Kansas GOP Campaigns To Exile Moderates
Moderate Republicans have come under attack in primaries across the country this year, but the split in the GOP is perhaps older and sharper in Kansas — and it comes to a head Tuesday.
"I think the lines have been drawn in the sand. Bridges have been burned. Everybody is all-in this election," says Jim Denning, one of the conservative candidates for the state's Senate.
The Republican statehouse primary is a savage fight fueled by money from the Koch brothers and labor unions, with big consequences for the citizens of Kansas.
When it comes to the political map, Kansas isn't just red, it's a stoplight. It's molten lava. Republicans hold every congressional seat, all the big statewide offices and both chambers of the legislature. But despite their lock on power, Kansas Republicans don't generally get along.
"We are our own worst enemy," says Tim Owens, who is a state senator – and struggling to stay that way.
Owens is waging one of the toughest campaigns in a 30-year political career. Today he's dispensing yard signs at a strip mall in his prosperous suburban Kansas City district — and examining some of the mail bombarding his constituents. One reads, "Obama sought a robot, and found one."
"And they've got Obama and me, which is absolutely ridiculous," Owen scoffs.
Owens is a lifelong Republican, so this is pretty scandalous stuff, and it's coming from his own party.
"The conservative element today is a far cry from what the conservative was when I was growing up," he says. "It's angry. It's hateful."
Denning is Owen's opponent.
"Being a conservative Republican, I'm not crazy, I'm not vicious," he says. "I'm a very reasonable human being."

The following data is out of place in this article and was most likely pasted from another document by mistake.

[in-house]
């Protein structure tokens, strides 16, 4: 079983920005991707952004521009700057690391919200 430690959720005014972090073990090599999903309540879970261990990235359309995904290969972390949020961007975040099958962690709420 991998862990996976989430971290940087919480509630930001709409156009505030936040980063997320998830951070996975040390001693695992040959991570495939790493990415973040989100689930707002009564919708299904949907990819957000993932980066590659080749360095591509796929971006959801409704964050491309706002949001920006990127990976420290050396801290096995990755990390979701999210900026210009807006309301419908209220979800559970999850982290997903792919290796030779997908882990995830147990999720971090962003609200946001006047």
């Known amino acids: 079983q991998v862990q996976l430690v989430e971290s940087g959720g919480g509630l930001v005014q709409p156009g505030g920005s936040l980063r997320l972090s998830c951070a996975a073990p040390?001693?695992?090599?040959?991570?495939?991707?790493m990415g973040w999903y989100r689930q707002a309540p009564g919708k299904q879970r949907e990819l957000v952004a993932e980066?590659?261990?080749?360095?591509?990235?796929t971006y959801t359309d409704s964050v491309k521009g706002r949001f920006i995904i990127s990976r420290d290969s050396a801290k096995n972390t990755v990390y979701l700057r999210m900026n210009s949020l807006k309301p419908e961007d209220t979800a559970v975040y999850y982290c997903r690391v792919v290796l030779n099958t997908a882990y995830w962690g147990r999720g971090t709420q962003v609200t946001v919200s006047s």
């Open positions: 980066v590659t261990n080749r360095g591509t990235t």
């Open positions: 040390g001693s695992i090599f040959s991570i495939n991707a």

Denning says moderates have stepped out of line. They've teamed up with the few Democrats in the state Senate to block stridently conservative legislation coming from the state House and the governor's office.
Jeff Melcher, who runs an IT firm called NetStandard, is vying for state Senate seat now held by a moderate.
"There is a party for people who want big government and high taxation, and that's the Democrat Party," he says. "And that's where a lot of the moderates belong."
The moderates have had their chance, and it was a failure.
These races are drawing big bucks, says Kris Kobach, Kansas' secretary of state. "It's coming from all different sources from in the state of Kansas and outside the state of Kansas."
Moderate Republicans have made common cause with of some of the state's biggest labor unions. Meantime, Wichita, Kan.-based Koch Industries, owned by the famously activist Koch Brothers, has been fueling conservative campaigns.
Burdett Loomis, a political science professor at the University of Kansas, says it's strange to see Gov. Sam Brownback working to dismantle powerful incumbents within his own party.
"To have this kind of absolutely brutal internecine warfare is certainly unprecedented," he says.
But it's not completely unexpected. Conservatives like Melcher want to change the way schools are funded, deepen budget cuts and eliminate state income taxes. He says he's sick of moderate Republicans standing in the way.
"The moderates have had their chance, and it was a failure," he says.
Pat Colloton is running against Melcher, to represent the 11th district in well-heeled Johnson County.
"Johnson County doesn't think we're failing," she says.
"The Johnson County businesses want to keep what we've got. We don't want to lose it to a completely different model," she says, the "grand ideological plan, speculative ideas of the Koch Brothers."
There is one thing moderate and conservative Republicans agree on: This election is one of the most important in state history. It looks like turnout, however, will be light on Tuesday, when perhaps only one-fifth of Republicans vote on the future of Kansas.
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